|This was my face after the movie finished|
In general, I prefer to know as little as possible before seeing a film. Had I looked up Dev D, my “present” for this year's White Elephant blog, I would have known that it’s a modern adaptation of Devdas, a classic Bengali novel from the early 20th century. I would have known it was a box office success in its country and hugely popular. It was a critical success as well, and won a number of FilmFare Awards, one of the oldest and most prestigious film ceremony for Hindi language films. Most importantly, I would have known that this laughably and horid film was “serious.”
Dev D follows a naïve 20-somethings boy named Dev (Abhay Deol) from a wealthy family who is a clearly an idiot, unworthy of our sympathies (which we are asked to do so for over two hours). He thinks he is in love with Paro (Mahi Gill), a childhood friend. Dev was sent off to the UK after causing his father much pain, by not calling him “father” (a detail I’m assuming from the original novel, because to be sent halfway around the country for such impudence is quite the punishment). But he never forgot about Paro, and through the beauty of the Internet, they stay in touch. Plus, Dev is such a good guy that Paro sends him naked pictures (what a gentleman so full of love). So when he returns to Dehli, the two only have one thing on their mind, as one shot of roosters suggests, though the two can never find alone tine.
|Sign of a badass: a murse.|
But that’s only the first twenty minutes of the film. Anurag Kashyap, the director of the film, elongates the film to over two hours through techno-punk Indian music montages that continue over and over and over. In fact, at least forty-five minutes of this film is a montage of something (usually Dev drinking himself to the point of destruction). If you enjoy the new trends in Indian rap and techno, perhaps you’ll get something out Dev D. But instead, this simply elongates the film, and none of the actors are singing and there are only a couple sequences that feature any type of choreography. It’s instead the equivalent of Michael Bay doing a binge drinking montage—Transformers, the Alcoholic Bollywood Years.
And then there’s also the rest of the narrative. On a whim, Dev hears a rumor that Paeo has been stripped of her virginity and sex with some other man. Instead of investigating it or asking Paro about it like a normal person would, he instead verbally abuses her, so she marries another man that same week. Looks like over a decade of childhood puppy love can’t resist one little fib.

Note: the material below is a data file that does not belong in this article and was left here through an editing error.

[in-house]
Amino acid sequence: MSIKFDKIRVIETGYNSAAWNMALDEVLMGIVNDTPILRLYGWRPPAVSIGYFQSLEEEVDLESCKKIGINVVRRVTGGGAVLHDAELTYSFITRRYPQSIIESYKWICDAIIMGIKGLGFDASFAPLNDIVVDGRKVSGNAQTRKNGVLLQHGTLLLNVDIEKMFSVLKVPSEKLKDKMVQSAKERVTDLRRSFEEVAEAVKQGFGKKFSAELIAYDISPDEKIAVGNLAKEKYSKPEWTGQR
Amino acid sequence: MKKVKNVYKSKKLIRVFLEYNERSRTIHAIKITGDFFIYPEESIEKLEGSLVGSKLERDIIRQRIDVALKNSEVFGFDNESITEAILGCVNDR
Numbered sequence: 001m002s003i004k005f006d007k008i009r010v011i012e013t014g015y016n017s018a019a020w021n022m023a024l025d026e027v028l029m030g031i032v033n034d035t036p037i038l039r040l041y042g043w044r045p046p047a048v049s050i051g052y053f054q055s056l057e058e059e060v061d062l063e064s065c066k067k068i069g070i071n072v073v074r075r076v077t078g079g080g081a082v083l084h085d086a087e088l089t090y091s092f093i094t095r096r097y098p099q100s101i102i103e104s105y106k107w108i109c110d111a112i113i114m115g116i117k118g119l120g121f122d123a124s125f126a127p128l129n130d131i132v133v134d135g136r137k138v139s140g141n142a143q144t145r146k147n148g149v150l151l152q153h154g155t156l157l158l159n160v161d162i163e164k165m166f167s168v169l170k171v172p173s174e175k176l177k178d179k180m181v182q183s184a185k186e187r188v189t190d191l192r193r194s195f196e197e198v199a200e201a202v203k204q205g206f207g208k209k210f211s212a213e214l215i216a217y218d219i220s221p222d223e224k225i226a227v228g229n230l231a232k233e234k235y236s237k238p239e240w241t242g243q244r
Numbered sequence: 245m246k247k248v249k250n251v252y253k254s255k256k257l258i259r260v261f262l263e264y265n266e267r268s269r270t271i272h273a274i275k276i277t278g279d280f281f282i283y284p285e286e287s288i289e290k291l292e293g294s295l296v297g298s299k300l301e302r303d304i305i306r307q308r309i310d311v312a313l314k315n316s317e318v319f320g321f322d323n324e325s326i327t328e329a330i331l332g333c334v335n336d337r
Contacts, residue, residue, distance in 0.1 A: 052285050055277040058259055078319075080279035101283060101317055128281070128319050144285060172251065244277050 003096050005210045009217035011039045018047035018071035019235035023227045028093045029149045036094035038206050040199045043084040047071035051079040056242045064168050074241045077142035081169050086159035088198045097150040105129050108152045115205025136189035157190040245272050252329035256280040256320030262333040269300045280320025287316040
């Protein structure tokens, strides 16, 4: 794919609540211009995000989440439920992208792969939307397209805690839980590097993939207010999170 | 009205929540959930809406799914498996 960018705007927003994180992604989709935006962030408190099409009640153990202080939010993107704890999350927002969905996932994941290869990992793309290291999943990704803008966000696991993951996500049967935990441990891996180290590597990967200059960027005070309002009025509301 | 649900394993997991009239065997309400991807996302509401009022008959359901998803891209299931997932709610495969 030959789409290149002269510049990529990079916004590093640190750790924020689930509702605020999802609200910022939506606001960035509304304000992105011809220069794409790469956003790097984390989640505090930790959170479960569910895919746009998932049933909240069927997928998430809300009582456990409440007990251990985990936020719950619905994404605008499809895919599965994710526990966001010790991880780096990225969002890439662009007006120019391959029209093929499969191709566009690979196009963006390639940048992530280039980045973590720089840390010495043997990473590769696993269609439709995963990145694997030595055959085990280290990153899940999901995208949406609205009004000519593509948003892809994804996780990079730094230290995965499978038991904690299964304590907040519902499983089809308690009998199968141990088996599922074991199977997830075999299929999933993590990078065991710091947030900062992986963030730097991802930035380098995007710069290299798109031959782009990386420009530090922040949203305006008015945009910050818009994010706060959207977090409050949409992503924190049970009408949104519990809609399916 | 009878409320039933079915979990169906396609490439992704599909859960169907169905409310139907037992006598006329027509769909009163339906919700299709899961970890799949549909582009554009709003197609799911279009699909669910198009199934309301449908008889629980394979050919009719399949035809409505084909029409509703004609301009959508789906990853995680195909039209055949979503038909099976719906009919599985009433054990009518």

|Can the hooker be redeemed? When she looks this good boys and girls!|
The film then does a Tarantino style flashback to introduce us to another character, Leni, played by the gorgeous Kalki Koechlin. Leni was a popular high school girl with an older boyfriend, who had her perform oral while he videotaped it. The video goes viral, he goes to jail, but clearly the naïve and young Leni is the real person at fault, and her father reveals that he watched the video too (though hopefully he only watched). So he does the only natural thing and puts a gun to his temple, which is the film’s funniest moment.
Sadly the humor drops from there, as Dev D becomes a romance between the alcoholic Dev and the fallen Leni, who becomes a prostitute (but with a heart of gold, of course!). As someone naïve about most Bollywood cinema, it’s hard for me to see why Dev D was considered so inventive, besides its modern day soundtrack (which drove me nuts). But it’s hard to take your film seriously when your protagonist is a jerk for two hours, and then randomly redeems because he decides he wants to change (he does nothing to justify such action of course). I believe one of the lines is “I’m not in love with Paro, I just wanted to have sex with her!” Dev D is big, loud, visually colorful, but annoying and its style comes less from the story it’s trying to tell than the film’s attempts to reach a younger audience (think She’s the Man tearing apart Shakespeare, but if there wasn’t really a plot).
Dev D could have been manageable if it wasn’t for the repeated music montages, but they keep coming and coming and coming, without any sort of relief. And considering the film could have been two-thirds the length if it cut half of them, that’s saying a lot. Yes, this story is about corporal excess, but that doesn’t mean you need to have actually more montages to show that. Damn it, Dev D, I hated you. I hated you oh so much. I hated the fact you thanked Danny Boyle in the opening credits, I’m guessing for “popularizing” Bollywood film in someway. I hated your characters. I hated that your plot only needed thirty minutes. And I hated your damn music montages. This film made me want to go into my own binge drinking montage, hopefully set to better music.